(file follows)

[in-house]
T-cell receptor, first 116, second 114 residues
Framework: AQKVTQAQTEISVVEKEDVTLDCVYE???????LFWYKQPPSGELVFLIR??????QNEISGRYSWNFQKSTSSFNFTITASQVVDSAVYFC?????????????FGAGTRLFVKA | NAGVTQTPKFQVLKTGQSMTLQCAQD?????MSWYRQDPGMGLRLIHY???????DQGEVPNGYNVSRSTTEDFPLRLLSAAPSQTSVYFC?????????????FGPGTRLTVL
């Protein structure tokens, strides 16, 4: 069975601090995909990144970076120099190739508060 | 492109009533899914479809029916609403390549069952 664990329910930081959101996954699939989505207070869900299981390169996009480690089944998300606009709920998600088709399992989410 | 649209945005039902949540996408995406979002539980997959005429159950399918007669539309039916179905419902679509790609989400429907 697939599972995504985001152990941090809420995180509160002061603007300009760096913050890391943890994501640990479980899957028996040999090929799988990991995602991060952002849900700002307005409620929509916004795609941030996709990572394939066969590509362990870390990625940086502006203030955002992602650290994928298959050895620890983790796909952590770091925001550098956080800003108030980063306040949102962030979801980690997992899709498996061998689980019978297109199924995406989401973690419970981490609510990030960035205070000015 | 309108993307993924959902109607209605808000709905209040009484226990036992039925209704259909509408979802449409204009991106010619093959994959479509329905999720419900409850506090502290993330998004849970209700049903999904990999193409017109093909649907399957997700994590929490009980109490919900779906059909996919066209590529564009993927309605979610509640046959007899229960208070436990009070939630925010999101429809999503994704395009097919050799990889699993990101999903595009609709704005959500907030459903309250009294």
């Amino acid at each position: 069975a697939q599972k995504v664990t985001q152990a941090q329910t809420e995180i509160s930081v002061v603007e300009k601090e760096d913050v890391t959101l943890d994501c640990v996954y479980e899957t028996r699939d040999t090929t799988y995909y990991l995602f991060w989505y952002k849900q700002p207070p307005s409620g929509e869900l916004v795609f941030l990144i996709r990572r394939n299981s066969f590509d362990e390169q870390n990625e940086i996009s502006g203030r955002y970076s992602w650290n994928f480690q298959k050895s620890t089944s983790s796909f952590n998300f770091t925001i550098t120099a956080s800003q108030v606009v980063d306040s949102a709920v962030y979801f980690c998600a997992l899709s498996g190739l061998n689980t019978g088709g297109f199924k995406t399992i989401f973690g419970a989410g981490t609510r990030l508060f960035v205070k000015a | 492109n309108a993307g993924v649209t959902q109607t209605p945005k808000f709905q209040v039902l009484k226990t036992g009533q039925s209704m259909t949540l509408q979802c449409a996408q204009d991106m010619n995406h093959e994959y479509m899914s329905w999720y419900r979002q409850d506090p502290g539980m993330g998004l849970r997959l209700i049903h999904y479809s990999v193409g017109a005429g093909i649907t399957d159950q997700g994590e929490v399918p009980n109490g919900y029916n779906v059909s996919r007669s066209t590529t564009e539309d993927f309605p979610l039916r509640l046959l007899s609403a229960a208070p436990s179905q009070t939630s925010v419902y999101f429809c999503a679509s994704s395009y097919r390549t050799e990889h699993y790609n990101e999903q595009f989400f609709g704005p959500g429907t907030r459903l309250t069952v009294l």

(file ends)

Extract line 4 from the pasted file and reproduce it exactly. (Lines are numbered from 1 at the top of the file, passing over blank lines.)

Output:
């Protein structure tokens, strides 16, 4: 069975601090995909990144970076120099190739508060 | 492109009533899914479809029916609403390549069952 664990329910930081959101996954699939989505207070869900299981390169996009480690089944998300606009709920998600088709399992989410 | 649209945005039902949540996408995406979002539980997959005429159950399918007669539309039916179905419902679509790609989400429907 697939599972995504985001152990941090809420995180509160002061603007300009760096913050890391943890994501640990479980899957028996040999090929799988990991995602991060952002849900700002307005409620929509916004795609941030996709990572394939066969590509362990870390990625940086502006203030955002992602650290994928298959050895620890983790796909952590770091925001550098956080800003108030980063306040949102962030979801980690997992899709498996061998689980019978297109199924995406989401973690419970981490609510990030960035205070000015 | 309108993307993924959902109607209605808000709905209040009484226990036992039925209704259909509408979802449409204009991106010619093959994959479509329905999720419900409850506090502290993330998004849970209700049903999904990999193409017109093909649907399957997700994590929490009980109490919900779906059909996919066209590529564009993927309605979610509640046959007899229960208070436990009070939630925010999101429809999503994704395009097919050799990889699993990101999903595009609709704005959500907030459903309250009294």